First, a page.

However, I also want to point out that despite the issues associated with implementing any Foreign Buyers Tax, it has drawn attention to the need for greater transparency across the country (not just BC) in terms of who is buying what and where.
Well-Known Workarounds Pose New Issues
Sadly, exemptions often create loopholes – and the loopholes around this tax are significant, as the title of this article so aptly expresses: “Douglas Todd: Vancouver Realtor’s Advice On ‘How To Avoid Foreign-Buyers Tax’ Points To Larger Problem“.
With the existence of “experts” on how to guide buyers around this tax, how effective – or fair – can it really be? This type of exploitation is fuelled by the fact that it’s well-known how difficult it has been to track foreign ownership in this country, and consequently the opportunity for fraud and money laundering in addition to exacerbating the supply problem.
In BC, for example, you can avoid the tax by buying a commercial property, or by buying a property outside of the metro Vancouver area. And posts like this one, which lays out investing strategies for foreigners in Canada, are rampant: “Canada: A New Frontier For Real Estate Investors“.
Other Influences Contributing To Unaffordability
It seems convenient for the government to lay the blame on foreign ownership for the hot housing market and lack of supply, but there are a number of other factors that contribute heavily to housing unaffordability that weren’t part of the election campaign, particularly as the issues that came to light when implementing a Foreign Buyers Tax drew attention to the need for greater transparency across the country (not just BC) in terms of who is buying what and where.
For example, the ability to purchase in relative anonymity – like with numbered companies and/or trust funds – can support the practice of shadow flipping which is when a property is purchased from a developer and sold to another buyer(s) before the dwelling is completed and the ownership is registered on Land Titles.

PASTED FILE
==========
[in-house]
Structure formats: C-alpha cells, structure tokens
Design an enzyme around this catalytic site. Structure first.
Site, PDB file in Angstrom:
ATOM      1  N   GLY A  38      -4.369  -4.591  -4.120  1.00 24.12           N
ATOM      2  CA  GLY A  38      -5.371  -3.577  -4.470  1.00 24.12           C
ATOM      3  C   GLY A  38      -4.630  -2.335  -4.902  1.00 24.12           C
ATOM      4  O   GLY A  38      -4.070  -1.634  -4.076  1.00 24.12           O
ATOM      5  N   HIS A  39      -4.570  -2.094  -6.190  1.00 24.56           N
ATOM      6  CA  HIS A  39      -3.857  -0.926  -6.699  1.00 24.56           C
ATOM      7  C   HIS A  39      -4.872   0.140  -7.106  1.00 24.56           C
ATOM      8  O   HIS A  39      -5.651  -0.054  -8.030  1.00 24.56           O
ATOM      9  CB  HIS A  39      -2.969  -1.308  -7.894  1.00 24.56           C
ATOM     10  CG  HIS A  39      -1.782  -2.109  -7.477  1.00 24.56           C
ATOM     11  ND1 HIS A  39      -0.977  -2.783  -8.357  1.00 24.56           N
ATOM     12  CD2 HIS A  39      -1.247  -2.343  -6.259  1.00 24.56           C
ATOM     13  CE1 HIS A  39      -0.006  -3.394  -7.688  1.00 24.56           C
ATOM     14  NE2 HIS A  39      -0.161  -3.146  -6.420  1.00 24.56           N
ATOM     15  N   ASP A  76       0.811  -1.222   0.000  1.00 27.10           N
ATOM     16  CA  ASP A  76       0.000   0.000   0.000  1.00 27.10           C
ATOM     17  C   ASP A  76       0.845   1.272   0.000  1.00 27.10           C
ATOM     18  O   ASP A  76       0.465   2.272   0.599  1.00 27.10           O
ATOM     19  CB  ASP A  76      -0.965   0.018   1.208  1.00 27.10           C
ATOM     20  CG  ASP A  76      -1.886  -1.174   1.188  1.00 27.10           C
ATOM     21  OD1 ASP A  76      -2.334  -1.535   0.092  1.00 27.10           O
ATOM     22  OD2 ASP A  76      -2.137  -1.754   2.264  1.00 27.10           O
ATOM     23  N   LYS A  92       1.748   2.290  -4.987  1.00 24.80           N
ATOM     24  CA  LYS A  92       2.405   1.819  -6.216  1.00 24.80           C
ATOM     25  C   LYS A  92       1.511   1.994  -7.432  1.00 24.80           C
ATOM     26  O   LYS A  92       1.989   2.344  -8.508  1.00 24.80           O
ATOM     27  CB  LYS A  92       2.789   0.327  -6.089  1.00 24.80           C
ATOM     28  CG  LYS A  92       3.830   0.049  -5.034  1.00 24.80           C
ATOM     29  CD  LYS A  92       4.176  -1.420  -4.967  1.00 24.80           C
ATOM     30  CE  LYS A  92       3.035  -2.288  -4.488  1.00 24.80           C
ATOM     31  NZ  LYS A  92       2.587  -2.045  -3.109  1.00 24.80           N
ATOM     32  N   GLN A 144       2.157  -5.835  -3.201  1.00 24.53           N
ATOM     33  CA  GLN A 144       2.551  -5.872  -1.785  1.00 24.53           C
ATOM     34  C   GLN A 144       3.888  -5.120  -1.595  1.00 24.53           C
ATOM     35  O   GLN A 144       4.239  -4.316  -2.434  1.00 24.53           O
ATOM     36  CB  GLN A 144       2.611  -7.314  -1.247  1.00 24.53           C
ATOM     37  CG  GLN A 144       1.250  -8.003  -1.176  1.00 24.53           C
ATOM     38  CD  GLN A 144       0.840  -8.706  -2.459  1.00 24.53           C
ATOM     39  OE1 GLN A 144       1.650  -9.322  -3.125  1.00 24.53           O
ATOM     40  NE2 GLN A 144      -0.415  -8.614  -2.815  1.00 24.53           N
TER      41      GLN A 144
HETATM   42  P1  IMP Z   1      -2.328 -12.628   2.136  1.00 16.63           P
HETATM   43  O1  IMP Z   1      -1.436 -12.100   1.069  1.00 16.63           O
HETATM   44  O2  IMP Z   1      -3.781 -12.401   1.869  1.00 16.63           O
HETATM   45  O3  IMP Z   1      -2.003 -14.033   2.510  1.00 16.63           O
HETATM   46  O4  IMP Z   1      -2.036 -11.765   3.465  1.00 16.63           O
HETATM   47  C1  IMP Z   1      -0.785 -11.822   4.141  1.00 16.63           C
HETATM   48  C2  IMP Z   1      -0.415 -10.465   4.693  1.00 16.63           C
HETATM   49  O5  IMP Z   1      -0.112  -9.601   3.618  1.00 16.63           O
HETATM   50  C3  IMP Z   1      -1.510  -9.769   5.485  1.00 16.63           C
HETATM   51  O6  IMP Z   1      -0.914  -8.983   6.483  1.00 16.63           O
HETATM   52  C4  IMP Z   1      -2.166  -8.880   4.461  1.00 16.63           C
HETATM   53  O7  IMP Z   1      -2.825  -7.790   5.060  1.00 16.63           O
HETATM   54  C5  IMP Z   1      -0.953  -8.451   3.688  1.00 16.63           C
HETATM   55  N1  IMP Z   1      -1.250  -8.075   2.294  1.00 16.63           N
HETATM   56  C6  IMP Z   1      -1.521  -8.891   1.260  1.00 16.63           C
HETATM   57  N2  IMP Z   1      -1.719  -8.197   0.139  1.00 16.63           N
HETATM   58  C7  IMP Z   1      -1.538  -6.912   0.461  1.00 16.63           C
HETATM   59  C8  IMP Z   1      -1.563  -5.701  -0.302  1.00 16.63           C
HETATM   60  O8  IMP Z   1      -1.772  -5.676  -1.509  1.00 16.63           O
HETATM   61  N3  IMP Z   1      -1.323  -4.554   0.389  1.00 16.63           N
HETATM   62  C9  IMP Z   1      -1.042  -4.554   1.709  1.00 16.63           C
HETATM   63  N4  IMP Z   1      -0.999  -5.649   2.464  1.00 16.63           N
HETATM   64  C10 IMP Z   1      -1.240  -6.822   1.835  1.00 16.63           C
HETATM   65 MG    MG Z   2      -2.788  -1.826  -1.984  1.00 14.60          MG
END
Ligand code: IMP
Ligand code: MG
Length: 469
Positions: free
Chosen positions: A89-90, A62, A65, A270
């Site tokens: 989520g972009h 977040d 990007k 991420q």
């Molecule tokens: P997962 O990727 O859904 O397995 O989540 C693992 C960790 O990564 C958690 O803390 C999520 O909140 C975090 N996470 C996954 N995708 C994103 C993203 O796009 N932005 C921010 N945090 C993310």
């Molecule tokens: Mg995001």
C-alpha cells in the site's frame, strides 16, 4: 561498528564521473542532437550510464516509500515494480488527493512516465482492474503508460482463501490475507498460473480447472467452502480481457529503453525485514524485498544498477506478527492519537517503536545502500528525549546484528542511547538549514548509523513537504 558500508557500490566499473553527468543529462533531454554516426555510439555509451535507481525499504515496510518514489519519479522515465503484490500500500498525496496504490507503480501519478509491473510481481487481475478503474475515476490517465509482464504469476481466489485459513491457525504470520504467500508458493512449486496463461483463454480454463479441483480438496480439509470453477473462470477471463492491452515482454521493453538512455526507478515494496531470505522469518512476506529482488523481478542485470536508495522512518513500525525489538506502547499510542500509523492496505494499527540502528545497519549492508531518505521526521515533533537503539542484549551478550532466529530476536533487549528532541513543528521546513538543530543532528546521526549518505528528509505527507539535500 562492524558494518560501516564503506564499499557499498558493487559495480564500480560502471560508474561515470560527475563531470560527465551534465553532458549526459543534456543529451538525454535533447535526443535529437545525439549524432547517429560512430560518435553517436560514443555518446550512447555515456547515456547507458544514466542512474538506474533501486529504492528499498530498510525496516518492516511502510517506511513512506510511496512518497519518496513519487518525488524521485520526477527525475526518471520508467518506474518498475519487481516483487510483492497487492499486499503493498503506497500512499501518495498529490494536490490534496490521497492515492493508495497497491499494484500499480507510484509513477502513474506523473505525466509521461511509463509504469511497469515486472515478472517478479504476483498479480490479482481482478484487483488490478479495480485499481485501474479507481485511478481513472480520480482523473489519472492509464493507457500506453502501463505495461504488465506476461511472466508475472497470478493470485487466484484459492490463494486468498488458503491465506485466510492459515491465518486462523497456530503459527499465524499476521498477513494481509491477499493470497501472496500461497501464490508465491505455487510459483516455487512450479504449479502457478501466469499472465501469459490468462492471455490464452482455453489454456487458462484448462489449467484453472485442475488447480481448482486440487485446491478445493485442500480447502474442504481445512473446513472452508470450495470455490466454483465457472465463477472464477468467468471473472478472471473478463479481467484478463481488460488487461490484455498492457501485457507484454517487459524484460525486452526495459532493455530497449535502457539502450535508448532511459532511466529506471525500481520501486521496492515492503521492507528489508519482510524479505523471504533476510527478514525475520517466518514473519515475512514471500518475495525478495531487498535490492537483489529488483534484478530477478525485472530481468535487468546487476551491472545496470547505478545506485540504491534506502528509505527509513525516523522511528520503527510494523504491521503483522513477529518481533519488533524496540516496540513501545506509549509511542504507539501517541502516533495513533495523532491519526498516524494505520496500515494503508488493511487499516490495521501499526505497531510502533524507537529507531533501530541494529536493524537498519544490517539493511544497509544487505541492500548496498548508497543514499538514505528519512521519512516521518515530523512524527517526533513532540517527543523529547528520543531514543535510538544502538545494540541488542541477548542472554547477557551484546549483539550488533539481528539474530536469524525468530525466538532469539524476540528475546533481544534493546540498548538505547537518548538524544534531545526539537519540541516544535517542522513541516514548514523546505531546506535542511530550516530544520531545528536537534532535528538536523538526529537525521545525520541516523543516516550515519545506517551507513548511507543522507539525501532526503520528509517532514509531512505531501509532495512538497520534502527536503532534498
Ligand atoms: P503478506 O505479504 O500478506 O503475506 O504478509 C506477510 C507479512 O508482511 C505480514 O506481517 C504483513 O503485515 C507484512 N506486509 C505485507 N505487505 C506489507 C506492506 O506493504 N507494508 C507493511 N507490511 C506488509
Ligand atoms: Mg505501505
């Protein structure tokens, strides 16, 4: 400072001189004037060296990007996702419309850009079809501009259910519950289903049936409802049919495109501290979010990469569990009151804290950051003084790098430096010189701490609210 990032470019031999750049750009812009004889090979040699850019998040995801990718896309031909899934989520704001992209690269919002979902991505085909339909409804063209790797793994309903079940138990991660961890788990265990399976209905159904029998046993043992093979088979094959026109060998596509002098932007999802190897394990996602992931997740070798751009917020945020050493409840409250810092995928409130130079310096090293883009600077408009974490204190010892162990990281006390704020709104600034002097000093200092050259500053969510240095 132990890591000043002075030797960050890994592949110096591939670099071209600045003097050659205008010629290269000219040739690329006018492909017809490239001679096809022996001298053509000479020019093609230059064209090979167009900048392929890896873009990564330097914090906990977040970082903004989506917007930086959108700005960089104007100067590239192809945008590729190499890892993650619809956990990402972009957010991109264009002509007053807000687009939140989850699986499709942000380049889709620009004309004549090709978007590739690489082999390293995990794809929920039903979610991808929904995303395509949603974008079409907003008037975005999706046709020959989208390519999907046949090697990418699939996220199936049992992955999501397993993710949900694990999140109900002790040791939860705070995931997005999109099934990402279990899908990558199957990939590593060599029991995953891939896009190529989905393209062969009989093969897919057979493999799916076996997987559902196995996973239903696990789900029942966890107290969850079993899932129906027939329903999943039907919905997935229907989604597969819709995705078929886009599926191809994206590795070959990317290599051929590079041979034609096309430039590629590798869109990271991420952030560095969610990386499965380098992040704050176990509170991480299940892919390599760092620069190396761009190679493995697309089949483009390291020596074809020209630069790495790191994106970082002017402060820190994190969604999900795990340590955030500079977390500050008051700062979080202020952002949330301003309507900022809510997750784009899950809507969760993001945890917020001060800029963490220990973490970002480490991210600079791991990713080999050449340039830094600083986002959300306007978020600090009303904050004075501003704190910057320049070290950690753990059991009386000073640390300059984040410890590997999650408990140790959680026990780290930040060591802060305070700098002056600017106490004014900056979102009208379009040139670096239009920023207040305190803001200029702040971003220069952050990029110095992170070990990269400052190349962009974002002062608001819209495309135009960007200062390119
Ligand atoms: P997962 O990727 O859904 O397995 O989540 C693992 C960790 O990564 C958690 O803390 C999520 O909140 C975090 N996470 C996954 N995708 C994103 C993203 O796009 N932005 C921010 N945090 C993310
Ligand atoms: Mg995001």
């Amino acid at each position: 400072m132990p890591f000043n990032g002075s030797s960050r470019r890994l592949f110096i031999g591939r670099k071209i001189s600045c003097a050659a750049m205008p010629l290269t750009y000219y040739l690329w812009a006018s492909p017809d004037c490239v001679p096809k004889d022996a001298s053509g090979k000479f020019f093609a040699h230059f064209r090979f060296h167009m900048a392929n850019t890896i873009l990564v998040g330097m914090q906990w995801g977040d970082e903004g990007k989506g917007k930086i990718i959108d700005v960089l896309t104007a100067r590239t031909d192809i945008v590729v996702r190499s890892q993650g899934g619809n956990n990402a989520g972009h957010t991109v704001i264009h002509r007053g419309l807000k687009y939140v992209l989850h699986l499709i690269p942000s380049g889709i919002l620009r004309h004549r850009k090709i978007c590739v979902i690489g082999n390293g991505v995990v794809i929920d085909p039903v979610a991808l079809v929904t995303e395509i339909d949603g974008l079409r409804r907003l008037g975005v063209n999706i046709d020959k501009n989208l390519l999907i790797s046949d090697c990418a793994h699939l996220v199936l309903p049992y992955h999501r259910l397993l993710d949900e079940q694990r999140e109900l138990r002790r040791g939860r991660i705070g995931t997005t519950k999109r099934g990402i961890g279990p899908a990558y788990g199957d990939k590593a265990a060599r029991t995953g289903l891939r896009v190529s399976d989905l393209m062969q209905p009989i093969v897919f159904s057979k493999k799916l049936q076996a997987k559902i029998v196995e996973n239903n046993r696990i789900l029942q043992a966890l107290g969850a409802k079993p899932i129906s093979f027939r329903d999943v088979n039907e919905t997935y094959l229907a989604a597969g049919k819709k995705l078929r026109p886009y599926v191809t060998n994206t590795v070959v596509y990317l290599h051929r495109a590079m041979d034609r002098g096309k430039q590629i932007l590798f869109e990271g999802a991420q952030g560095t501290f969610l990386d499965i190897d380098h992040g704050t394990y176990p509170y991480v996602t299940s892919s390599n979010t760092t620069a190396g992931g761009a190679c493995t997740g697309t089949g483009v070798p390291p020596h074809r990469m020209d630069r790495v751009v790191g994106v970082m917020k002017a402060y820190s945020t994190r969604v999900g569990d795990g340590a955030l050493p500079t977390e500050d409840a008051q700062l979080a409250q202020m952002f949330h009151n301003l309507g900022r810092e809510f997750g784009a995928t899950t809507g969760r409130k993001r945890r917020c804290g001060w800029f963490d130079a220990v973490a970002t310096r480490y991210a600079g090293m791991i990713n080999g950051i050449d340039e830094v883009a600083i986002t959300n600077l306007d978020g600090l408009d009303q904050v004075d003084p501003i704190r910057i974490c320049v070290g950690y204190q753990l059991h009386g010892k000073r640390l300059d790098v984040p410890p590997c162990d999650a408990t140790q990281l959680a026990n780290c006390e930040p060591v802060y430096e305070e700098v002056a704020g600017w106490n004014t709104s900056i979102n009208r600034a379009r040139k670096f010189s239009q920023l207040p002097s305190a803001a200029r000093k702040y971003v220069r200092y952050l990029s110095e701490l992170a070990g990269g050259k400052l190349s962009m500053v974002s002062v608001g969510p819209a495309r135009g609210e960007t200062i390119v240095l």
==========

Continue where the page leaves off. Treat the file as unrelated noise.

Furthermore, housing has increasingly become financialized by corporate landlords. Pensions funds and REITs are a much bigger threat to the Canadian family because they have deeper pockets, larger portfolios, and the benefit of an extended timeline to turn a profit. It’s unlikely real estate has ever been a level fair playing field for all interest groups, but capitalism today trumps shelter as a right, and continues to rein as Canadian shelter becomes hostage to The Growing Trend Of Financial Landlords In Toronto Real Estate.
What About Canadian Snowbirds?
This article from BNN, “How A Foreign Homebuyer Ban In Canada Could Backfire“, which was released prior to the election, brings forth an interesting perspective. What if other countries responded in kind with the erroneous targeting of foreign buyers – namely, Canadians who own properties in the US? Given this CBC article reminds us that Hundreds Of Thousands Of Snowbirds Are Expected To Flock South After Spending Last Winter Hibernating, Canadians represent the largest proportion of foreign owners in the US. What would happen if the U.S. starting tacking on hefty foreign ownership taxes? When you add that extra cost, along with currency fluctuations that work against the Canadian dollar, there could be significant fallout. That may or may not happen, of course, but it adds interesting context to the argument.